There is still confusion about what happened during the pandemic. The public health response was innovative, defying historic precedent.
Was it effective?
One reason it is hard to know is that the health records are administered by the same agency — the Centers for Disease Control and Prevention (CDC) — that managed the pandemic.
Death certificates are subjective, and the listed cause of death is prone to error and outright manipulation. Death counts are often reliable, even when the cause of death is debatable.
The CDC recently released death counts from 2021, and they are even higher than 2020.
In addition to the deaths attributed to COVID-19, there were 155,000 excess deaths in 2020-21 among younger Americans. It is a reasonable conjecture that these deaths were related to the circumstances of the pandemic.
Below, I lay out the numbers and explore some interpretations.
The CDC keeps track of how many people die each year, their ages, the place and the cause of death. Data is released to the public 18 months after year-end through a searchable resource called CDC WONDER.
All-cause mortality data for 2021 was recently released. Unexplained high death rates in 2020 continued and accelerated in 2021.
On top of the death burden of COVID-19, there were 155,000 extra deaths in people under 65. (I focus on people aged 15-64 because COVID-19 deaths are relatively rare. Only about one-fifth of COVID-19 deaths were under 65.)
Deaths in this younger age group were up 19% in 2020 compared to the average of the previous five years. In 2021, deaths were even higher, up 30% compared to the same baseline.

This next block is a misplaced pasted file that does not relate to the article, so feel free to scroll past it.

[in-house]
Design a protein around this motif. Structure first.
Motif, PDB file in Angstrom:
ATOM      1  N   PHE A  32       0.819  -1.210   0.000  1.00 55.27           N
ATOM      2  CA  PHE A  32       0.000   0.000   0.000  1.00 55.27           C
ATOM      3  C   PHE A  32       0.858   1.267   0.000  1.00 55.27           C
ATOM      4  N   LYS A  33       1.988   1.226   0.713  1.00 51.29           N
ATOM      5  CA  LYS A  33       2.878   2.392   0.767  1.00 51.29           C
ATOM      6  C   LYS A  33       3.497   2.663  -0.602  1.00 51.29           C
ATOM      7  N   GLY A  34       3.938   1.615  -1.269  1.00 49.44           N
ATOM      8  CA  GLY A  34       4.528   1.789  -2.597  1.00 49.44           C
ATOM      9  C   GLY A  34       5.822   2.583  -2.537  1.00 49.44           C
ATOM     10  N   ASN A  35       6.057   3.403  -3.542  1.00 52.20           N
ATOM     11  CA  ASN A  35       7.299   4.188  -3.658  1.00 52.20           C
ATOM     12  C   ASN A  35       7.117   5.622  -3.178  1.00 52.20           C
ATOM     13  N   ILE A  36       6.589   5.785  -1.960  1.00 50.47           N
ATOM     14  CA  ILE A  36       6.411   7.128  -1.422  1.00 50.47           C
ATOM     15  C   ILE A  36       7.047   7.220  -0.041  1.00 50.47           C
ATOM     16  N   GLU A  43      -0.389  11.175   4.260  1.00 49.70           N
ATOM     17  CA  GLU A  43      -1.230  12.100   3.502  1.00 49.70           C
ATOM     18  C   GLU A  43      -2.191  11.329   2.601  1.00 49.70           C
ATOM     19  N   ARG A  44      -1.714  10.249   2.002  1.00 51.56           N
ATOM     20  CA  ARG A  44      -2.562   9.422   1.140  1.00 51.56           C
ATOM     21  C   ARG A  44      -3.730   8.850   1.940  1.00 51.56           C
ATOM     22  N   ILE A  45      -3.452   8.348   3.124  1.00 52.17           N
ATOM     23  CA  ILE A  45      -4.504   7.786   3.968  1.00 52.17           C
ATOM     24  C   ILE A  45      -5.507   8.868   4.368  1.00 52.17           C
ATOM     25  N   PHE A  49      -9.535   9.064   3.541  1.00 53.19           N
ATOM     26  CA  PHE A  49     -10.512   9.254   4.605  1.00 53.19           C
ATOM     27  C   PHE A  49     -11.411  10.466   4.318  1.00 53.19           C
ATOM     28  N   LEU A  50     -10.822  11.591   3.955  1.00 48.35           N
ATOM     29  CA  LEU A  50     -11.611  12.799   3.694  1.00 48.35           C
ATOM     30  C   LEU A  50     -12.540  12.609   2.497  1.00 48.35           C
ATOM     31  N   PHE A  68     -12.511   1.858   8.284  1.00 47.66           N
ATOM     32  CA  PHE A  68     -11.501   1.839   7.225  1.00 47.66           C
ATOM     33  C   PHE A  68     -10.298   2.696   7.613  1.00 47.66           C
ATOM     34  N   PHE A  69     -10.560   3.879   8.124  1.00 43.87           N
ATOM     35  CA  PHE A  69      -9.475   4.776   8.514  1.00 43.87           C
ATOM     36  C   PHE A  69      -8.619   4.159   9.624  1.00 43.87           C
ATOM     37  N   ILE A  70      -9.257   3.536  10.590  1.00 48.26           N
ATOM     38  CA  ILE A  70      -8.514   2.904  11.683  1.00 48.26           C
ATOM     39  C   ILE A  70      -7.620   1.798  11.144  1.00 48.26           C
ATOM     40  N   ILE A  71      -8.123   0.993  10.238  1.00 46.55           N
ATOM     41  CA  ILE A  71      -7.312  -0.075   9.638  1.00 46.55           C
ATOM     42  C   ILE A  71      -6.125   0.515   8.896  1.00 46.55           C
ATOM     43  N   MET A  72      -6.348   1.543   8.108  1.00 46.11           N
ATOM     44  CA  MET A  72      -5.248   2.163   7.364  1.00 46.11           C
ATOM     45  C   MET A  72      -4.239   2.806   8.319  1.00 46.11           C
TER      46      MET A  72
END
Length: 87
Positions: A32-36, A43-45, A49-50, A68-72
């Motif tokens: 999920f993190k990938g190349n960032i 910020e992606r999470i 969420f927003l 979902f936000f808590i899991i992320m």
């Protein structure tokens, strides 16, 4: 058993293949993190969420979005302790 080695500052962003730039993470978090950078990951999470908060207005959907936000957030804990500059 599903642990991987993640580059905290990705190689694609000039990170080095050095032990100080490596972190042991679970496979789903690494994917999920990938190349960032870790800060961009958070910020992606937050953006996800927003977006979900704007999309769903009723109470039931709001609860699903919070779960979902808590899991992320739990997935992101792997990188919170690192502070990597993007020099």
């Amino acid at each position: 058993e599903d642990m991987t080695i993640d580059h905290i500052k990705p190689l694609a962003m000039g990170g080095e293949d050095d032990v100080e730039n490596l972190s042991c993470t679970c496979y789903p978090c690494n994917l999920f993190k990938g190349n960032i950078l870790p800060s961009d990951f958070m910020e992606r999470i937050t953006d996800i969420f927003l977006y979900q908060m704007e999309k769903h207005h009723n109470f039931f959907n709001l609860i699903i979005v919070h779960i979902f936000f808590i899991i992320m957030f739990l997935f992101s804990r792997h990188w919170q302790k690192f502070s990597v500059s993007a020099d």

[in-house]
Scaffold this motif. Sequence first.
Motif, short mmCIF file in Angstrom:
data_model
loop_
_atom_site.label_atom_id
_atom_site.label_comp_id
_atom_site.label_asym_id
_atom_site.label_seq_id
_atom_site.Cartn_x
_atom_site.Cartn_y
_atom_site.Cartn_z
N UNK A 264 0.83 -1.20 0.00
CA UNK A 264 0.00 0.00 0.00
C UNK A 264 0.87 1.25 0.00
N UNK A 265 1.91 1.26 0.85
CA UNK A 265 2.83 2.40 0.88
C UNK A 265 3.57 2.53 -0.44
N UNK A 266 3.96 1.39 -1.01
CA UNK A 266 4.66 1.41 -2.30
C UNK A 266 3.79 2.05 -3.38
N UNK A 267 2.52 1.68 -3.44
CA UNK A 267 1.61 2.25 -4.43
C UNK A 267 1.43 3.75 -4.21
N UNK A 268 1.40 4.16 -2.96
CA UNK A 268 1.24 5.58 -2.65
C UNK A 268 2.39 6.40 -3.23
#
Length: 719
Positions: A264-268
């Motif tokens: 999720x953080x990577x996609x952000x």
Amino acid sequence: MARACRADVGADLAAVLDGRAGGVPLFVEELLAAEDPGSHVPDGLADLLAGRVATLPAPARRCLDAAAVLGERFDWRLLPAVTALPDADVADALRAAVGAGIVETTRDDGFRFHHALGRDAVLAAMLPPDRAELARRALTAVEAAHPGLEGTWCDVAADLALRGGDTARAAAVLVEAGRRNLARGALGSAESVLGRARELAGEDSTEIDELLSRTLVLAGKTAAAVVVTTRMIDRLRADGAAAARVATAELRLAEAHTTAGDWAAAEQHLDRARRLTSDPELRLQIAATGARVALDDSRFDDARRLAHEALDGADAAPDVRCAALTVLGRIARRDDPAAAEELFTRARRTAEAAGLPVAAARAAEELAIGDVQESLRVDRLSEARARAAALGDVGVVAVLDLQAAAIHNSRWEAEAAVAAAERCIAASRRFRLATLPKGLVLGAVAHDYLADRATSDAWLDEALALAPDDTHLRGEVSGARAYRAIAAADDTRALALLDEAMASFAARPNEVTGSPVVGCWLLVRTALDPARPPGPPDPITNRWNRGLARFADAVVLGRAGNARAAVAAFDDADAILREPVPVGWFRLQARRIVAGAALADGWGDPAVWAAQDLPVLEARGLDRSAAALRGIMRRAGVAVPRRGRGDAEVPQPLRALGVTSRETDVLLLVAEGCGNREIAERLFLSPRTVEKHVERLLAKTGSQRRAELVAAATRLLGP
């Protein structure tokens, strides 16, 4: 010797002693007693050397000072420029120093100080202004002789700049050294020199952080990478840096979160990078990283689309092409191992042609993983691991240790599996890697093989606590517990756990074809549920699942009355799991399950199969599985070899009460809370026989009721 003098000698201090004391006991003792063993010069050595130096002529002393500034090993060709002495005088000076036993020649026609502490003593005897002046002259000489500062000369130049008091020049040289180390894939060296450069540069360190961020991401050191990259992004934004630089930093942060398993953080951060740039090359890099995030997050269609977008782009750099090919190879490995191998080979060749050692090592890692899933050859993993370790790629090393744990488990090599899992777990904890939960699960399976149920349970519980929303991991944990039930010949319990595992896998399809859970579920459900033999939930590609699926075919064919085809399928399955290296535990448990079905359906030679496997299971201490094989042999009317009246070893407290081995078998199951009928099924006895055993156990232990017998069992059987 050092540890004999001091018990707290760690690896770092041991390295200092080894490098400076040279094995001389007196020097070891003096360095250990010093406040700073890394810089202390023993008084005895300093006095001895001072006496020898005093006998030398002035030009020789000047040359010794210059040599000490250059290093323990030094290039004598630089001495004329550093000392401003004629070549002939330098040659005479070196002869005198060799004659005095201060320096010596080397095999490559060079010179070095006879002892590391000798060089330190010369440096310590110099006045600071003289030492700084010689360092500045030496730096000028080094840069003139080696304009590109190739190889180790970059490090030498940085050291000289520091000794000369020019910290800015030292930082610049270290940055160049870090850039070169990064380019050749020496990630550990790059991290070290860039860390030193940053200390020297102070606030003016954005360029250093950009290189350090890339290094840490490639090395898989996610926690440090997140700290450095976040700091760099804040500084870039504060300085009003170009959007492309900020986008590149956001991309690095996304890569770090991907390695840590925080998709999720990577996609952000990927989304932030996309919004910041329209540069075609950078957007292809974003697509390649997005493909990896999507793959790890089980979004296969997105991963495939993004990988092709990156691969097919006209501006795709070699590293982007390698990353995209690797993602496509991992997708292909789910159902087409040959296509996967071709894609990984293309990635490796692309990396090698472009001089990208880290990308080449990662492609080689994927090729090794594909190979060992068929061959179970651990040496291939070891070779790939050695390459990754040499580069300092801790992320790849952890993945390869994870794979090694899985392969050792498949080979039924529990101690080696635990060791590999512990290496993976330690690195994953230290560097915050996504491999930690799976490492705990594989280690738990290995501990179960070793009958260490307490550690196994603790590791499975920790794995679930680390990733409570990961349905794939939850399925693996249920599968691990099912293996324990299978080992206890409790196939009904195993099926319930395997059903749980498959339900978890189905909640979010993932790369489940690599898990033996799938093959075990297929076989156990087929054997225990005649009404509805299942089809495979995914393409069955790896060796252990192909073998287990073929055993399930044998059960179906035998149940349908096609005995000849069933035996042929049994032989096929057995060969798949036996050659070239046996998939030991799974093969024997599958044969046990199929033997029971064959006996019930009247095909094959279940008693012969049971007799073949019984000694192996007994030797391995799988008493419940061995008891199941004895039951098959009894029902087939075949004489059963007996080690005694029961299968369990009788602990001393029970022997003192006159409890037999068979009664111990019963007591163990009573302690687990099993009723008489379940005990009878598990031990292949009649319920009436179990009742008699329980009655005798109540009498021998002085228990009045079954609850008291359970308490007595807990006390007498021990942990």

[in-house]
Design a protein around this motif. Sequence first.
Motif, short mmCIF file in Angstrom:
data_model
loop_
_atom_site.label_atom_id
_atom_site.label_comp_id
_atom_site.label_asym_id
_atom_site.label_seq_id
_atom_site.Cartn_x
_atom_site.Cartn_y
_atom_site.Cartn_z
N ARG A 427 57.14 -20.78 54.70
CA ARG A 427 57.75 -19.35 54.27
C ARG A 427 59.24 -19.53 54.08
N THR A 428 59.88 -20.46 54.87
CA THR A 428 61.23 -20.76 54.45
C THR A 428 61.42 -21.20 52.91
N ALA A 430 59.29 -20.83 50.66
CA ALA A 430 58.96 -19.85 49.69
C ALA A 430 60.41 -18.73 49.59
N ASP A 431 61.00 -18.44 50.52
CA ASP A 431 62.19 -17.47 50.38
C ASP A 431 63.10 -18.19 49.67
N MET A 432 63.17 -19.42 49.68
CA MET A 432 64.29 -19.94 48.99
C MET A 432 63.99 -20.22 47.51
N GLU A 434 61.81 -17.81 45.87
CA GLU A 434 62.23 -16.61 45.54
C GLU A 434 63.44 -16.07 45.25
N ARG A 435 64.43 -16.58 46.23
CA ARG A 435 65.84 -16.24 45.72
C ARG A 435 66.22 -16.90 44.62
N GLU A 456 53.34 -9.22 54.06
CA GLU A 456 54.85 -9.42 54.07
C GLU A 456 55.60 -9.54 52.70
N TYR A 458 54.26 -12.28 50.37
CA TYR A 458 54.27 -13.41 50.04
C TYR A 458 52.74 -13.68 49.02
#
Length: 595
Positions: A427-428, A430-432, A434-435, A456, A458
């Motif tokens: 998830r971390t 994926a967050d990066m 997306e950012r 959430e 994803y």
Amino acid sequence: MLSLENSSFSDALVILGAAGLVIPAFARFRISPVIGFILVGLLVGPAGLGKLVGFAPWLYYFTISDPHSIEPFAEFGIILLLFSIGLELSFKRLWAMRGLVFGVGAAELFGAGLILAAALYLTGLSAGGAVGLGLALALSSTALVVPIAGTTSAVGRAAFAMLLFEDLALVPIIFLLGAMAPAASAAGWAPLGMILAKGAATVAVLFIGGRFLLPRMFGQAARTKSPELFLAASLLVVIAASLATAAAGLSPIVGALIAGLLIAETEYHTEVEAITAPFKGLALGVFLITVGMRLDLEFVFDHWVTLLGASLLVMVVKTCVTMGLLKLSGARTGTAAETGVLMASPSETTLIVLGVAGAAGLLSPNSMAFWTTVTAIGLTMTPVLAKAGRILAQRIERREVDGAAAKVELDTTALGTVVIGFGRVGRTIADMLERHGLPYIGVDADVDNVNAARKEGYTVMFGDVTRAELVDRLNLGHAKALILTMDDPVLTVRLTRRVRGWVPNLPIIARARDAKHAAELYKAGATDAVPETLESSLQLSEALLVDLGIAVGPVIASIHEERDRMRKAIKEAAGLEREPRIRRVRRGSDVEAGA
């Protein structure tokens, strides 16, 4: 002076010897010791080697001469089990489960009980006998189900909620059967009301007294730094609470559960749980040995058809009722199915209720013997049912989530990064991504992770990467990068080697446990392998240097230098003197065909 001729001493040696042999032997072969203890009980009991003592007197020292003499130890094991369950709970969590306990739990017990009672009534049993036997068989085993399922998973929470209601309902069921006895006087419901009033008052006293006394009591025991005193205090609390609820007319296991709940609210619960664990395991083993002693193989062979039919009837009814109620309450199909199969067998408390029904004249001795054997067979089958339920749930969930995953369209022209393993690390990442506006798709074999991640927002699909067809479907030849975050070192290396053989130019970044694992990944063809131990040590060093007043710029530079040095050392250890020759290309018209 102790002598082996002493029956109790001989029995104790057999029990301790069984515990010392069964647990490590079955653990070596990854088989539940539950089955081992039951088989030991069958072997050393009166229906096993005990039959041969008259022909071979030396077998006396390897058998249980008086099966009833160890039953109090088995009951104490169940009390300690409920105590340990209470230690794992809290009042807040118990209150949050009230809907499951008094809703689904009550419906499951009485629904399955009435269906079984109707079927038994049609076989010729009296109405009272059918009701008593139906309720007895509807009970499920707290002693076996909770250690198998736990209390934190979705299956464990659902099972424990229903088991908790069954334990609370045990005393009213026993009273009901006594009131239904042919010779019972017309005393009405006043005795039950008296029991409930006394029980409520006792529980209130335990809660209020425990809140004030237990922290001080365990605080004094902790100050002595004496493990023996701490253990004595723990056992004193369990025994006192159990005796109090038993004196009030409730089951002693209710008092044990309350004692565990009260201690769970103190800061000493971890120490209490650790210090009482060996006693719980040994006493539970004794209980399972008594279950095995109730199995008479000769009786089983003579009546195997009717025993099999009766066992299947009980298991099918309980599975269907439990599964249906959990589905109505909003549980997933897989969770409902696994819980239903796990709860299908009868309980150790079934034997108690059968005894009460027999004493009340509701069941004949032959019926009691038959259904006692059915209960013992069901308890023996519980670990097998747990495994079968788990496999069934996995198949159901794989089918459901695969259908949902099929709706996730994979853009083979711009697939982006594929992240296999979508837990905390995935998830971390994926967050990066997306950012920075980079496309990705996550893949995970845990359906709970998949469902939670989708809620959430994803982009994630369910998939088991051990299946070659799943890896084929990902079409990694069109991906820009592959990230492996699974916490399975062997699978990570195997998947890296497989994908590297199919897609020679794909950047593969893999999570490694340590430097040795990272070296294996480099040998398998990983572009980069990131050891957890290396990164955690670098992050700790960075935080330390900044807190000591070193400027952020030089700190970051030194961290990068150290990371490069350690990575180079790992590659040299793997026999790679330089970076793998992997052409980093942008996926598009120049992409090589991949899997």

Most of this is not accounted for by COVID-19. Excluding COVID-19 deaths, there is an excess of 17% in 2020 and 23% in 2021. That’s 155,000 unexplained deaths.
COVID-19 deaths in this age group were 220,000 over two years, so the unexplained deaths are two-thirds of the official COVID-19 death count. Excluding the oldest group (55-64 years), the unexplained deaths are actually greater than the COVID-19 deaths.
Word on the Hill is that official counts of COVID-19 deaths were overstated, so the difference becomes more dramatic and the cause more mysterious.
These numbers are far outside year-to-year fluctuations (~20,000) or statistical uncertainties — 155,000 Americans is almost three Vietnam Wars. The last time younger Americans were dying at the 2021-22 rate was World War II.
Proportionally, the excess deaths were concentrated in the 25-44 age group. But the highest absolute numbers were in the oldest age group (55-64), as is almost always the case.
Excess deaths among males and females were skewed 64:36, but this is actually normal; in this age range, men are dying at a much higher rate than women.
The biggest wave of excess deaths occurred from August through October 2021. This was not a period of heavy vaccination and it is off-season for respiratory infections. It was, however a time when vaccine mandates were kicking in for students returning to school and for many employees.
Denis Rancourt relates the fall deaths to a campaign for “vaccine equity” in the rural South.
The second biggest wave was from December 2020 through February 2021. This was a time when COVID-19 was reaching its second wave, but remember that COVID-19 deaths are excluded in this tabulation.
Speculation is that the initial release of the Pfizer vaccine was so toxic that the formula was changed within a few weeks. This hypothesis is supported by Vaccine Adverse Event Reporting System (VAERS) data, which were surging during these same months….